It is obvious the Valley is landlocked, but not all of that land is up for grabs.

Only 17 percent of land in Arizona is private land available for development. The public state trust owns a majority of the undeveloped land in the state.

“I felt this is a well-kept secret,” said Kuldip Verma, CEO of Vermaland, one of the largest landowners in Arizona.

This will cause a scramble for land as developers try to tie up the remaining land and, once those are spoken for, developers will have a difficult time to find land for their projects, Verma said.

“As Phoenix grows, it will eventually become landlocked. You just cannot make any more land, and everything requires land,” Verma said.

As the population grows land development will be forced around the state parcels that are not up for auction. The State Trust determines what land goes up for sale with the goal of maximizing profits for the state.

“You need to pay attention to the State Land Department,” said Nate Nathan, president and broker of Nathan & Associates.

About 200,000 acres a year are auctioned statewide and there is no way to predict what land will go to auction, Nathan said.

Much of the Valley is backed up against state-owned land. However, there is land in the path of growth in the West Valley that can accommodate the growth, said Greg Vogel, CEO and founder of Land Advisors, the nation’s largest brokerage company focused exclusively on land.

The West Valley is the only area in the Valley that isn’t landlocked, and experts believe we will see a majority of future development in this area.

“It is estimated the West Valley will capture about 42 percent of permits over the next few years,” Nathan said.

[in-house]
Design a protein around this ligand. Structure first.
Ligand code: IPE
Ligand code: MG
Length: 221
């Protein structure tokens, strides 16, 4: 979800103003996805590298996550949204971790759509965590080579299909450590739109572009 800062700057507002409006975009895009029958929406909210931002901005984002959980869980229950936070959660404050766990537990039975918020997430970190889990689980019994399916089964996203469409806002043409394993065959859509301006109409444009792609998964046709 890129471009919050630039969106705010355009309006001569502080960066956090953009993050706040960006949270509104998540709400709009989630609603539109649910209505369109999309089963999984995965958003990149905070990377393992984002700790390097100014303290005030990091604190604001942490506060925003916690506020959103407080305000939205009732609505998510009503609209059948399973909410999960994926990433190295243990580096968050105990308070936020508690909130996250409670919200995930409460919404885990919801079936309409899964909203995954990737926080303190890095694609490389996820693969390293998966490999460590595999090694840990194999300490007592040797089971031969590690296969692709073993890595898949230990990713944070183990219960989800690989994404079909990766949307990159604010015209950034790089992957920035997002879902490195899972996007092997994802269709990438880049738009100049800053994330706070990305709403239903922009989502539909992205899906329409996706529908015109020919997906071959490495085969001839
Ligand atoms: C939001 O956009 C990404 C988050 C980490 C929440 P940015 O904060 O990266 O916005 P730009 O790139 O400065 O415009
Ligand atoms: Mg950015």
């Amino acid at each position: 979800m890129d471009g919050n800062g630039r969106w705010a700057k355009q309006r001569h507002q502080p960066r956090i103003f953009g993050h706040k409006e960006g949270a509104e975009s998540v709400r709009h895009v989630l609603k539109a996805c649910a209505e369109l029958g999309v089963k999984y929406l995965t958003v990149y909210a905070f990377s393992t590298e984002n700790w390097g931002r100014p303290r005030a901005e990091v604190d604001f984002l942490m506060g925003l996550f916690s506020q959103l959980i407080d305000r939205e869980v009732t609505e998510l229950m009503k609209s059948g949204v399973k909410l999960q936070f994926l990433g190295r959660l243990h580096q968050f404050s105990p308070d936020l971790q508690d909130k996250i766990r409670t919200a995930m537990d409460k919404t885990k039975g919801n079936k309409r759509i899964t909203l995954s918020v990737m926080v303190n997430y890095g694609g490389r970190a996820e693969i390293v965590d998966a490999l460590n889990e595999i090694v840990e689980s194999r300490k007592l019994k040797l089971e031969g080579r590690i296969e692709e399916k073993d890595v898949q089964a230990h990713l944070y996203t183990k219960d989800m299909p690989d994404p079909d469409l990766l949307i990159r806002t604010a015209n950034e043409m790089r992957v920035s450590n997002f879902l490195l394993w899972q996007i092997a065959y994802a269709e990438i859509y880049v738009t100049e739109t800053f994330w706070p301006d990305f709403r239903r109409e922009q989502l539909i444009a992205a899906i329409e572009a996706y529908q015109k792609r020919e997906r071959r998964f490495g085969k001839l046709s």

The population of Phoenix is expected to add one million people every 10 years. The general consumption of land as the population grows is one acre for land for every six people, Vogel said.

Vermaland’s strategy is to buy land about 10 to 15 miles outside of existing development that is strategically located and has characteristic that will appeal to developers, Verma said.  Most of its land is raw and undeveloped, Verma said.

“You can buy land at an extremely low per acre price and then develop it and sell it for a very high return,” Verma said.

As the Valley grows, development pushes outward and these raw areas become prime real estate.

When buying and selling land, developers consider availability to utilities, transportation and access, Vogel said. New freeways are dissecting the Valley and we can expect new development to occur at these off ramps.

Development will follow these freeways, job listings and a cooperative government that supports economic development, Vogel said.

Arizona can also expect to see growth up as it grows out, getting denser in downtown Phoenix, Tempe and Scottsdale.